The Joslin Diabetes Center at Wake Forest Baptist
Diabetes mellitus is the pandemic of the new millennium. Wake Forest Baptist Health is committed to providing the best in clinical care and treatment for patients with diabetes. Research into the causes of diabetes is a major strength and area of emphasis at Wake Forest Baptist.
In early 2012, Wake Forest Baptist Health opened its Joslin Diabetes Center, a service of NC Baptist Hospital. It is one of 38 centers in the country. The Joslin Diabetes Center is an international leader in diabetes research, care and education and has been affiliated with Harvard Medical School since its founding in 1898.
Our goal is to help patients better manage diabetes (all types) and prevent the associated complications from the disease. Our multi-disciplinary team works to help patients get the care they need in one, easily accessible location.
And as an academic medical center, our patients get the benefit of research conducted here at Wake Forest Baptist Medical Center.
Ongoing diabetes research projects cover the spectrum – from focused laboratory studies aimed at understanding the molecular mechanisms that lead to diabetes – to population-based studies with the purpose of developing better methods for treatment and prevention of diabetes mellitus and the complications of diabetes.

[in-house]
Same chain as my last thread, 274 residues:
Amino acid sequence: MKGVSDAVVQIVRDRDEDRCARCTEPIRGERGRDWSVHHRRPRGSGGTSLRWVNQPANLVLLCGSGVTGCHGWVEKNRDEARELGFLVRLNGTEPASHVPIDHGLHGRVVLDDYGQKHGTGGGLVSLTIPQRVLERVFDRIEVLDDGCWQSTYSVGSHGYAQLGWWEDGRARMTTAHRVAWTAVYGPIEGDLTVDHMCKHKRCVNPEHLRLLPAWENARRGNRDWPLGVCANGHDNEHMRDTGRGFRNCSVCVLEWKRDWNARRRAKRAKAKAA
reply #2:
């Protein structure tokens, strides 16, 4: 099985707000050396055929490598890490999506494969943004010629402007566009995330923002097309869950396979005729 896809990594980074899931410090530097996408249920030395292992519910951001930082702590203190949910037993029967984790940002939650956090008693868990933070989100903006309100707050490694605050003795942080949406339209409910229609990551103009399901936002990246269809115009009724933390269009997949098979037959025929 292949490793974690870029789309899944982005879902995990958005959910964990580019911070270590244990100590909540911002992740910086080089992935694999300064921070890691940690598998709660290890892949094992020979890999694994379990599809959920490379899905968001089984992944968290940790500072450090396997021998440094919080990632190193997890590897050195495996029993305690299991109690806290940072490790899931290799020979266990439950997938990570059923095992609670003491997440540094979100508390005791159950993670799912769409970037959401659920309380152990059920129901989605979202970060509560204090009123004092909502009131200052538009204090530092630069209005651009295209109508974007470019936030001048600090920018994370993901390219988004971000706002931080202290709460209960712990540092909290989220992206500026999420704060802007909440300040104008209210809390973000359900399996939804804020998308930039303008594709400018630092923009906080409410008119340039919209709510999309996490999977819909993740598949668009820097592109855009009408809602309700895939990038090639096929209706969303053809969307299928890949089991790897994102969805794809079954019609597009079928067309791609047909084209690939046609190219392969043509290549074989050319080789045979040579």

Diabetes-related studies account for more than $38.2 million of research at the Medical Center.
The medical school has special strengths in several areas of diabetes research. Of note are studies of the genetic contributors to diabetes and diabetic complications, such as cardiovascular disease and nephropathy. Genetic research in minority populations is also a special area of emphasis.
In addition, WFBH is a major participant in NIH-sponsored clinical trials targeting diabetes prevention and prevention of cardiovascular disease and other complications in people with diabetes. There are numerous researchers investigating the influence of lipids, hormones, and blood pressure on the metabolic components of diabetes such as insulin resistance. In addition, we are a leader in stem cell research aimed at developing pancreatic ß-cells for the production of insulin.